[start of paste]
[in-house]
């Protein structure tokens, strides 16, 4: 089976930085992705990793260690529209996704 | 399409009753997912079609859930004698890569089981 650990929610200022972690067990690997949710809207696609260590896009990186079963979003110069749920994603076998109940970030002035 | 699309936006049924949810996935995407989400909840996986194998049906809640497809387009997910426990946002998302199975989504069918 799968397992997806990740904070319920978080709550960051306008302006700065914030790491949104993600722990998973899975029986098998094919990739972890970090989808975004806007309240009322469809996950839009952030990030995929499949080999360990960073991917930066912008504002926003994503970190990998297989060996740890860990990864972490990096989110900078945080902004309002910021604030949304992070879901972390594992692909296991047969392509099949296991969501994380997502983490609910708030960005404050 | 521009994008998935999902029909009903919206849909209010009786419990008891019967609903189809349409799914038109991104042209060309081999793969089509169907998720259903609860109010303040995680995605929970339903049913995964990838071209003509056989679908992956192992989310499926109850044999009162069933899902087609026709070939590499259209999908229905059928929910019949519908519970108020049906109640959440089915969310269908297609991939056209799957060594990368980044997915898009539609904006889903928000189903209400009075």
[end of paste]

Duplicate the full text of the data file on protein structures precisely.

[in-house]
């Protein structure tokens, strides 16, 4: 089976930085992705990793260690529209996704 | 399409009753997912079609859930004698890569089981 650990929610200022972690067990690997949710809207696609260590896009990186079963979003110069749920994603076998109940970030002035 | 699309936006049924949810996935995407989400909840996986194998049906809640497809387009997910426990946002998302199975989504069918 799968397992997806990740904070319920978080709550960051306008302006700065914030790491949104993600722990998973899975029986098998094919990739972890970090989808975004806007309240009322469809996950839009952030990030995929499949080999360990960073991917930066912008504002926003994503970190990998297989060996740890860990990864972490990096989110900078945080902004309002910021604030949304992070879901972390594992692909296991047969392509099949296991969501994380997502983490609910708030960005404050 | 521009994008998935999902029909009903919206849909209010009786419990008891019967609903189809349409799914038109991104042209060309081999793969089509169907998720259903609860109010303040995680995605929970339903049913995964990838071209003509056989679908992956192992989310499926109850044999009162069933899902087609026709070939590499259209999908229905059928929910019949519908519970108020049906109640959440089915969310269908297609991939056209799957060594990368980044997915898009539609904006889903928000189903209400009075």